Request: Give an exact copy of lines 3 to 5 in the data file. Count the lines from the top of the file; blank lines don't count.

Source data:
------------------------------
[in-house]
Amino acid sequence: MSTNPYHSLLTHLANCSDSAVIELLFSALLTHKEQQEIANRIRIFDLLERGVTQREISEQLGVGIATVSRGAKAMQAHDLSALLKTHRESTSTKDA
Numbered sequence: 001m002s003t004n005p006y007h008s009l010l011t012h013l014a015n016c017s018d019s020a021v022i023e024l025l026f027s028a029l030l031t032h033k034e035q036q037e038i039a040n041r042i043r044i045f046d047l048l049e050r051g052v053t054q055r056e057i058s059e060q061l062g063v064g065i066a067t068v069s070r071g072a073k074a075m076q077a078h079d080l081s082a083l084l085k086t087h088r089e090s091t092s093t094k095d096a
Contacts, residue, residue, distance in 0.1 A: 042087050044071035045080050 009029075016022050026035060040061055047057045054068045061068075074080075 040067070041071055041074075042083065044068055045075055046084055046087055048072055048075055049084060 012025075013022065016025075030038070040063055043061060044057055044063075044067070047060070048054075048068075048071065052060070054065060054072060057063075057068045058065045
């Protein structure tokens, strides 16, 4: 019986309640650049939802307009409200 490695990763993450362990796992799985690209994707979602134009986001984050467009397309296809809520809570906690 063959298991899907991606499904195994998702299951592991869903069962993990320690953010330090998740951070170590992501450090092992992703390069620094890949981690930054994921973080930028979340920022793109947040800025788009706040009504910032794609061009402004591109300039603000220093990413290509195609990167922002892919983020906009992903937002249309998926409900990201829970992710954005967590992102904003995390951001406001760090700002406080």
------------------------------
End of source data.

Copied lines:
Numbered sequence: 001m002s003t004n005p006y007h008s009l010l011t012h013l014a015n016c017s018d019s020a021v022i023e024l025l026f027s028a029l030l031t032h033k034e035q036q037e038i039a040n041r042i043r044i045f046d047l048l049e050r051g052v053t054q055r056e057i058s059e060q061l062g063v064g065i066a067t068v069s070r071g072a073k074a075m076q077a078h079d080l081s082a083l084l085k086t087h088r089e090s091t092s093t094k095d096a
Contacts, residue, residue, distance in 0.1 A: 042087050044071035045080050 009029075016022050026035060040061055047057045054068045061068075074080075 040067070041071055041074075042083065044068055045075055046084055046087055048072055048075055049084060 012025075013022065016025075030038070040063055043061060044057055044063075044067070047060070048054075048068075048071065052060070054065060054072060057063075057068045058065045
């Protein structure tokens, strides 16, 4: 019986309640650049939802307009409200 490695990763993450362990796992799985690209994707979602134009986001984050467009397309296809809520809570906690 063959298991899907991606499904195994998702299951592991869903069962993990320690953010330090998740951070170590992501450090092992992703390069620094890949981690930054994921973080930028979340920022793109947040800025788009706040009504910032794609061009402004591109300039603000220093990413290509195609990167922002892919983020906009992903937002249309998926409900990201829970992710954005967590992102904003995390951001406001760090700002406080």